Ethnic Differences -- "Aging isn't just influenced by gender identity -- it also varies across race and ethnicity," Lantieri added. "More than half of Black adults 50+ reported feeling good about being their age, whereas only 23% of white adults feel that way. They express more fear and anxiety about aging."

Solutions Worth Considering

What can we do to dispel the myths of aging? For one thing, older adults want to be seen and they want representations that are relatable. "Don't be afraid to show them," Tabares recommended. "And show more diverse depictions with interesting facets of identity. Break the mold of typical roles."

"Contrary to popular opinion, people 50+ are over five times more likely to say they want to see realistic depictions than to see someone who looks younger than them in ads," Lantieri said. "That was a key finding for us, because we hear over and over that everyone wants to see [people who are] younger."

There's also a need for representation beyond the typical ad sectors. "The advertising industry and marketers have already decided what categories suit older adults, like financial services, health and medicine," noted Tabares. "Six to seven percent of the faces in automotive [ads] are people 50+, but they account for over 5% of the dollars spent on new cars and trucks. How do we justify this? How can anybody look at this data and say this is correct?"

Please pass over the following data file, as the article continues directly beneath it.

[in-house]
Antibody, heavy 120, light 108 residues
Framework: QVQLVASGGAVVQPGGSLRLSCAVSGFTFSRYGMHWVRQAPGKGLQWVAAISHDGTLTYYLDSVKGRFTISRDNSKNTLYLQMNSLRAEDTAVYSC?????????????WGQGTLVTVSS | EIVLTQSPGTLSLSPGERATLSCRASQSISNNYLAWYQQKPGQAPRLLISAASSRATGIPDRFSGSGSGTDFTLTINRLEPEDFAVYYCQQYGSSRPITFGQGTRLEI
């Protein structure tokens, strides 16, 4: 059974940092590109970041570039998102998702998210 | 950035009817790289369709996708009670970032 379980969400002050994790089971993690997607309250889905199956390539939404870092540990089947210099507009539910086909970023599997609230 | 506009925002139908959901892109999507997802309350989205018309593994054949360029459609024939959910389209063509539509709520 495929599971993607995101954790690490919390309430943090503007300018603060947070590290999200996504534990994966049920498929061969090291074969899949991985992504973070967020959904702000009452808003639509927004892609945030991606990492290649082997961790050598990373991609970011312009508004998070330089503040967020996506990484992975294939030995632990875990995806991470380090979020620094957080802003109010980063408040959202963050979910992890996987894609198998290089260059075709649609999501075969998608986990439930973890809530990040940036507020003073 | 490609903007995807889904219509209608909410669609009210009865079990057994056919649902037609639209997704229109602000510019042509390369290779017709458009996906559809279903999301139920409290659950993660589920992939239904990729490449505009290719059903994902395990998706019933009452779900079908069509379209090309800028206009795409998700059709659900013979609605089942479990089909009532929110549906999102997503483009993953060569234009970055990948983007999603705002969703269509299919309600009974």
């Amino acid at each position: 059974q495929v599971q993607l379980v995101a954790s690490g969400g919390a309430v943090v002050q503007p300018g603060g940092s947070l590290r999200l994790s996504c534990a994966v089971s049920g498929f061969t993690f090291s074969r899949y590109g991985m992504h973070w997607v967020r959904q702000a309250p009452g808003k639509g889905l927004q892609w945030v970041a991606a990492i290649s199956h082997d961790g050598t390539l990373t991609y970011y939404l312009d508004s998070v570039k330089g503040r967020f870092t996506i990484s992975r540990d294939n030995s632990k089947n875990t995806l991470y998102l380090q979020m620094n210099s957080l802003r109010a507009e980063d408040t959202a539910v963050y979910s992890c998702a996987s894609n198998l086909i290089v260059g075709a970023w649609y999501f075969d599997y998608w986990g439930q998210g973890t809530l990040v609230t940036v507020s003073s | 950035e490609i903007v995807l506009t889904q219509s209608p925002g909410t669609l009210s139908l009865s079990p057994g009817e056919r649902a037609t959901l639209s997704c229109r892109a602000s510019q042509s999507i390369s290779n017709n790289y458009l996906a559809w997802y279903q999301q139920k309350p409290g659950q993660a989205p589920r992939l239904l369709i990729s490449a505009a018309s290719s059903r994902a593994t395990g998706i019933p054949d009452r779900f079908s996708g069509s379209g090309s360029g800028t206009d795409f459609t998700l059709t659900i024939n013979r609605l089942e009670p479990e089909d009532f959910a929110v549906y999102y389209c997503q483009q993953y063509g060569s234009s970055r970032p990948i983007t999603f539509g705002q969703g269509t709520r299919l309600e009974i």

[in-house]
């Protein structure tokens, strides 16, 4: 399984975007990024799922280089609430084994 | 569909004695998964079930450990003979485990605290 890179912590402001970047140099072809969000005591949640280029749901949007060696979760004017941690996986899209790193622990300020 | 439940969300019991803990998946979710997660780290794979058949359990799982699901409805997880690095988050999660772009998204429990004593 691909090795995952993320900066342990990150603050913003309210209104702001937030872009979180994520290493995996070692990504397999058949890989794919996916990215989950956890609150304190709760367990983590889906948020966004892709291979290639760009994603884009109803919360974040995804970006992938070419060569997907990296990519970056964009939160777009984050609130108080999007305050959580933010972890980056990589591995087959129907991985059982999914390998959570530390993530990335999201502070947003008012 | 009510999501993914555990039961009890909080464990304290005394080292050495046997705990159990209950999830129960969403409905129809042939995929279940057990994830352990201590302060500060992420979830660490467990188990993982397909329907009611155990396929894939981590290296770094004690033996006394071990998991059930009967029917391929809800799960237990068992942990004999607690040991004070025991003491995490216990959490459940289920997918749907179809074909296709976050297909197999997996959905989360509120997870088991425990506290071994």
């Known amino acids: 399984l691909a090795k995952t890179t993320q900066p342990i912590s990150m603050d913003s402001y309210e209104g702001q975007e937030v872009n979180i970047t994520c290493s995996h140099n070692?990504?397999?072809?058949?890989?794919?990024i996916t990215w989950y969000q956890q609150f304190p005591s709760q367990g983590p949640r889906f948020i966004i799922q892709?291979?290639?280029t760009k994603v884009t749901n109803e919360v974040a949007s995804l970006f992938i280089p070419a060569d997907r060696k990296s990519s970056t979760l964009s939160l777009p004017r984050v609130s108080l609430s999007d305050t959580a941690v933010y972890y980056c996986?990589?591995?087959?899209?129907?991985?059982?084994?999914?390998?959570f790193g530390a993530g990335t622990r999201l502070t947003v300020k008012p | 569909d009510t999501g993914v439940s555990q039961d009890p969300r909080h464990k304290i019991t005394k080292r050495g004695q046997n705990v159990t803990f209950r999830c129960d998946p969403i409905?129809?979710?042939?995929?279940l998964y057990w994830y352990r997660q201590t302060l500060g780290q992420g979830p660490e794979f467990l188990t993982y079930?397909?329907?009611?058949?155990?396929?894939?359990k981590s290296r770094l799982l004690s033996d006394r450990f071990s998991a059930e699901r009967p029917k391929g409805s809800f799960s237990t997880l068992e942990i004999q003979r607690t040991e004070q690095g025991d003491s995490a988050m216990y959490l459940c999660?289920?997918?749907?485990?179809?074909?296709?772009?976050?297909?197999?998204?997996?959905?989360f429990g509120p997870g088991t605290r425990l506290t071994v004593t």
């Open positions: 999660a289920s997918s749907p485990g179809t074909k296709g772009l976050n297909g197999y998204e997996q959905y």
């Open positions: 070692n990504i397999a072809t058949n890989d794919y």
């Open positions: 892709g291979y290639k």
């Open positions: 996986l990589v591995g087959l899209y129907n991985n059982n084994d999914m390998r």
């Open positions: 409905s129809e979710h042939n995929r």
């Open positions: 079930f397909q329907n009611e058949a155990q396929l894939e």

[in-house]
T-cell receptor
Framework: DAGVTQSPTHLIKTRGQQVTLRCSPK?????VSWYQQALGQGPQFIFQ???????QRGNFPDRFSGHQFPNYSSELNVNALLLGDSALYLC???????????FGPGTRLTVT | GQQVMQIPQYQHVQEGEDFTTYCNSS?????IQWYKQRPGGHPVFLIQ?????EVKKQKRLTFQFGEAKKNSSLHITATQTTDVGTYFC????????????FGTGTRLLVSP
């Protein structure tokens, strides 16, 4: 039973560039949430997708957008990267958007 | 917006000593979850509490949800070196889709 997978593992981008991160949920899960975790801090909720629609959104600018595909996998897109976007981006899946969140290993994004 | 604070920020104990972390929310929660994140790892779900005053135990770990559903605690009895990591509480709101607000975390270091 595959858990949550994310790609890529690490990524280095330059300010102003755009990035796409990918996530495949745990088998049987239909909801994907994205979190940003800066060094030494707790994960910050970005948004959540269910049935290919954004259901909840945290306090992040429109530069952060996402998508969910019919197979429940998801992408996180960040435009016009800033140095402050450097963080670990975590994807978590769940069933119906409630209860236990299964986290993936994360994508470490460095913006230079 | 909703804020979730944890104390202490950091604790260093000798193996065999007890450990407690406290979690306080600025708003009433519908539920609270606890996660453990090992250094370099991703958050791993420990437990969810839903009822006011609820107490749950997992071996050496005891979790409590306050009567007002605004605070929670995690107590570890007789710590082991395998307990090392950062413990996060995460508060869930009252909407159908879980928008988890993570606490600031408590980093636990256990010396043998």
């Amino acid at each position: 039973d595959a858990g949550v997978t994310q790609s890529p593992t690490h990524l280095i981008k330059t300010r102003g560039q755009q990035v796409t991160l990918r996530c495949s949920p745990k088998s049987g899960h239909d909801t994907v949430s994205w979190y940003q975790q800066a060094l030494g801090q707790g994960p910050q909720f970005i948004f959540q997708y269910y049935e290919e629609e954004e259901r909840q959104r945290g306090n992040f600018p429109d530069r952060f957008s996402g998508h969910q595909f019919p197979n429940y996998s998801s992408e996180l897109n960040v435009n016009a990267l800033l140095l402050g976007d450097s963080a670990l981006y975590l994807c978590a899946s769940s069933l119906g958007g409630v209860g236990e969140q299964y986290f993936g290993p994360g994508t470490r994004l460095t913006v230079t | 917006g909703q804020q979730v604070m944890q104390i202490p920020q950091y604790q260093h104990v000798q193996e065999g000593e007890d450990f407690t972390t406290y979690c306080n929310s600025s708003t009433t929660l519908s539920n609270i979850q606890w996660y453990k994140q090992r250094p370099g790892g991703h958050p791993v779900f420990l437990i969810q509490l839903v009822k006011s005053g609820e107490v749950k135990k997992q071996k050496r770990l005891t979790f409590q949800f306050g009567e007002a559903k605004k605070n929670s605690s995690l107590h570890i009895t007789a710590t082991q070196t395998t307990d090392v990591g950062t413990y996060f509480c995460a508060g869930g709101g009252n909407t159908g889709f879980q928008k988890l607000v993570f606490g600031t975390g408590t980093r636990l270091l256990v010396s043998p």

The cosmetics category is another case in point. We know that actors and celebrities over 50 are featured in cosmetics ads, yet the AI didn't pick up on that, likely because the women in those ads tend to appear younger.

Tabares and Lantieri see a massive opportunity. "There is a moral and social responsibility to start articulating a different narrative -- accepting, embracing and knowing that the [customer base] is different than the one that we've been depicting for decades," Tabares concluded. "Media and advertising have an important role in creating an age-inclusive world that is better for all of us. That's my little soapbox. We're going to get there."